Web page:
Clostridium difficile Diarrhea in Children: Diagnosis, Management, and Prevention

Jonathan D. Crews, MD


January 24, 2014

Diagnosis of Pediatric CDI

The diagnosis of CDI requires a positive C difficile test in a symptomatic individual. Only children with symptoms consistent with CDI should be tested because current diagnostic modalities cannot distinguish between colonization and toxin-induced disease.

Not every child with diarrhea, however, should be tested for C difficile. Children younger than 12 months have high rates of colonization and develop clinical disease only in unique circumstances. Thus, for infants, the AAP recommends that testing be limited to those with Hirschsprung disease or severe motility disorders.[1]

For children 1-2 years of age, the interpretation of a positive test result can be difficult. Asymptomatic carriage of C difficile is still common in this age group, and viruses (eg, norovirus, rotavirus) are more common causes of diarrhea. Therefore, the AAP suggests pursuing alternative infectious etiologies in a child 1-2 years of age who tests positive for C difficile.[1]

Several strategies are available for the detection of C difficile or its toxins (toxin A and toxin B). In most institutions, the cell cytotoxicity assay has been replaced by more rapid and sensitive tests. Testing for toxins can be done with an enzyme immunoassay (EIA), which is an appropriate and commonly used diagnostic method for C difficile. However, although the C difficile toxin EIA offers a rapid turnaround time, it is less sensitive than the other testing strategies.[18,19]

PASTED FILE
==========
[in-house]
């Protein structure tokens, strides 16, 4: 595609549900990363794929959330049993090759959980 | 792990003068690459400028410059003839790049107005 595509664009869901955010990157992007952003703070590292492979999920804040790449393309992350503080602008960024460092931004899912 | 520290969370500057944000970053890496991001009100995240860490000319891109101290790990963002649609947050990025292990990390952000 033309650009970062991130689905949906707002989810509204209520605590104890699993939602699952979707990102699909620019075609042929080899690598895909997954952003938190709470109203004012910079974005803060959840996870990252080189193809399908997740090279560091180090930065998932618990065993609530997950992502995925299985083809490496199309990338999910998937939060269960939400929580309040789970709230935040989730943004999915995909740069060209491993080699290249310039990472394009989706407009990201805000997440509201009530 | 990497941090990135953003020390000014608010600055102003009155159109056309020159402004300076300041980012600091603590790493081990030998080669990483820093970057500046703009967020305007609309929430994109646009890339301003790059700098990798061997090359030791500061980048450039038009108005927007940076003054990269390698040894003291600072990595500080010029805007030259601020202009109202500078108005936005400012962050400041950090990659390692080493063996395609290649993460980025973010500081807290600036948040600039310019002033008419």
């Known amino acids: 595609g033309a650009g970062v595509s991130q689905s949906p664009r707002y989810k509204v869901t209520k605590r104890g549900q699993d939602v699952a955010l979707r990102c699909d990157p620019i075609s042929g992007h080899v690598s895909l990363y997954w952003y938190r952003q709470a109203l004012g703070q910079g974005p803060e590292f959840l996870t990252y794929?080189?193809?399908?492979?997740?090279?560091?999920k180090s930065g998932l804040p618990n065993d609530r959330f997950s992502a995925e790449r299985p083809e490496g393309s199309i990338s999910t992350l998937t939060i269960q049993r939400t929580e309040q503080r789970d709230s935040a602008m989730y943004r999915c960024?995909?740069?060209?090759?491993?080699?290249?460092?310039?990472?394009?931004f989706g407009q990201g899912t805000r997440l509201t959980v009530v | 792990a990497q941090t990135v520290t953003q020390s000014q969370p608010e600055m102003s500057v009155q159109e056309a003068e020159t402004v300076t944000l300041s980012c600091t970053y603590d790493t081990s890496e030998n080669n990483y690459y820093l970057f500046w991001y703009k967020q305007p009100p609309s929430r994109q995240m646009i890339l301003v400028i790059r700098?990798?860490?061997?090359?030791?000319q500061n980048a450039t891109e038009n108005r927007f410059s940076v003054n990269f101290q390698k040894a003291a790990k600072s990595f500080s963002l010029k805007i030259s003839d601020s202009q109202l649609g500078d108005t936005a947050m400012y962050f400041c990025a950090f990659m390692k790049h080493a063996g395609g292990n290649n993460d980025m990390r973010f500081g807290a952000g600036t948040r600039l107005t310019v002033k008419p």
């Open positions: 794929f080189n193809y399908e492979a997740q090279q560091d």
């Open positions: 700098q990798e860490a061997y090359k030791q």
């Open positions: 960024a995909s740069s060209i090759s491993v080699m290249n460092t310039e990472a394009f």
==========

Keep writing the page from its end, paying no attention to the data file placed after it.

Molecular-based assays (eg, nucleic acid amplification tests) detect the toxin-producing genes tcdA and tcdB. These tests provide high sensitivity and specificity with a rapid result.[20] Commercially available versions are being increasingly used.

Another option used at some children's hospitals is the algorithmic approach. The first step is generally a highly sensitive EIA for glutamate dehydrogenase, an antigen present on all strains of C difficile. Because even nontoxigenic strains contain glutamate dehydrogenase, a subsequent test is performed using the toxin EIA; molecular-based assay; or, less often, the cell cytotoxicity assay.[21]

Testing of multiple stool specimens is not recommended because this strategy is low yield, increases the likelihood of false-positive results, and is not cost-effective. A standard stool culture and trichrome stain will not detect C difficile but can be used to investigate for alternative enteropathogens.


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